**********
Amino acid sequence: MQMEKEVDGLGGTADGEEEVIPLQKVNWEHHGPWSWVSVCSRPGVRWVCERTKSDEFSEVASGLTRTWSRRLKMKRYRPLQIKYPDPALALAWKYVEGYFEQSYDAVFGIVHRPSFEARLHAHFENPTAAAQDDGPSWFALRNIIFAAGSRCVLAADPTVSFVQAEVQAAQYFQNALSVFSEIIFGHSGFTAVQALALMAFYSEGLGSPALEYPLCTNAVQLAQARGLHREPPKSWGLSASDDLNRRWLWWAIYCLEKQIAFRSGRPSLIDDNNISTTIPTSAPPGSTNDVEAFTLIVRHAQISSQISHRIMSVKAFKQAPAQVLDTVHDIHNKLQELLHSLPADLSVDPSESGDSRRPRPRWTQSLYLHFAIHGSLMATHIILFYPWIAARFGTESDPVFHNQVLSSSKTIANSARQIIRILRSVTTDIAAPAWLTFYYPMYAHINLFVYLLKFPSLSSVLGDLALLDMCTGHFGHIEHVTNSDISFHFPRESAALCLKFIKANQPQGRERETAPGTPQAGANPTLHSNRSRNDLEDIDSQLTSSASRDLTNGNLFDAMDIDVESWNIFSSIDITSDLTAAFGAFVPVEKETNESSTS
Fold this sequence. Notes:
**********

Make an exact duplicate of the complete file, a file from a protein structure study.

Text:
Amino acid sequence: MQMEKEVDGLGGTADGEEEVIPLQKVNWEHHGPWSWVSVCSRPGVRWVCERTKSDEFSEVASGLTRTWSRRLKMKRYRPLQIKYPDPALALAWKYVEGYFEQSYDAVFGIVHRPSFEARLHAHFENPTAAAQDDGPSWFALRNIIFAAGSRCVLAADPTVSFVQAEVQAAQYFQNALSVFSEIIFGHSGFTAVQALALMAFYSEGLGSPALEYPLCTNAVQLAQARGLHREPPKSWGLSASDDLNRRWLWWAIYCLEKQIAFRSGRPSLIDDNNISTTIPTSAPPGSTNDVEAFTLIVRHAQISSQISHRIMSVKAFKQAPAQVLDTVHDIHNKLQELLHSLPADLSVDPSESGDSRRPRPRWTQSLYLHFAIHGSLMATHIILFYPWIAARFGTESDPVFHNQVLSSSKTIANSARQIIRILRSVTTDIAAPAWLTFYYPMYAHINLFVYLLKFPSLSSVLGDLALLDMCTGHFGHIEHVTNSDISFHFPRESAALCLKFIKANQPQGRERETAPGTPQAGANPTLHSNRSRNDLEDIDSQLTSSASRDLTNGNLFDAMDIDVESWNIFSSIDITSDLTAAFGAFVPVEKETNESSTS
Fold this sequence. Notes: